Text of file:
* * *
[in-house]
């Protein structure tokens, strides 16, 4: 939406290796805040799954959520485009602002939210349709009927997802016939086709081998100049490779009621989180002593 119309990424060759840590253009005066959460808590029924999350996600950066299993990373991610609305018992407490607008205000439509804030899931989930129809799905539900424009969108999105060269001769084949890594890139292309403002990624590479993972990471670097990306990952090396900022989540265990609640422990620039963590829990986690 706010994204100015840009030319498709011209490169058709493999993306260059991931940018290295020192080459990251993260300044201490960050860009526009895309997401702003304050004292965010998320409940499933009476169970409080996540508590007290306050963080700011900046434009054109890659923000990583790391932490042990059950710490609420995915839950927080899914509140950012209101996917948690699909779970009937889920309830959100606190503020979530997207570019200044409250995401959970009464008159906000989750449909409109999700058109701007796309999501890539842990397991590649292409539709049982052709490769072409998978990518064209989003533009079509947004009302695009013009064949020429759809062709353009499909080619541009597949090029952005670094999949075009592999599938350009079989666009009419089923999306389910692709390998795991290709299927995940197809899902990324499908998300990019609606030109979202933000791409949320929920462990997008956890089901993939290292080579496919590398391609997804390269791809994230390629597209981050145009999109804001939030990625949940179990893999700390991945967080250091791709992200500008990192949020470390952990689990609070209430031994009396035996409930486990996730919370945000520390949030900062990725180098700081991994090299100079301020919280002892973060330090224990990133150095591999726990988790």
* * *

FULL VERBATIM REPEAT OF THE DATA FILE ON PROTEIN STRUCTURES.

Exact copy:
[in-house]
């Protein structure tokens, strides 16, 4: 939406290796805040799954959520485009602002939210349709009927997802016939086709081998100049490779009621989180002593 119309990424060759840590253009005066959460808590029924999350996600950066299993990373991610609305018992407490607008205000439509804030899931989930129809799905539900424009969108999105060269001769084949890594890139292309403002990624590479993972990471670097990306990952090396900022989540265990609640422990620039963590829990986690 706010994204100015840009030319498709011209490169058709493999993306260059991931940018290295020192080459990251993260300044201490960050860009526009895309997401702003304050004292965010998320409940499933009476169970409080996540508590007290306050963080700011900046434009054109890659923000990583790391932490042990059950710490609420995915839950927080899914509140950012209101996917948690699909779970009937889920309830959100606190503020979530997207570019200044409250995401959970009464008159906000989750449909409109999700058109701007796309999501890539842990397991590649292409539709049982052709490769072409998978990518064209989003533009079509947004009302695009013009064949020429759809062709353009499909080619541009597949090029952005670094999949075009592999599938350009079989666009009419089923999306389910692709390998795991290709299927995940197809899902990324499908998300990019609606030109979202933000791409949320929920462990997008956890089901993939290292080579496919590398391609997804390269791809994230390629597209981050145009999109804001939030990625949940179990893999700390991945967080250091791709992200500008990192949020470390952990689990609070209430031994009396035996409930486990996730919370945000520390949030900062990725180098700081991994090299100079301020919280002892973060330090224990990133150095591999726990988790």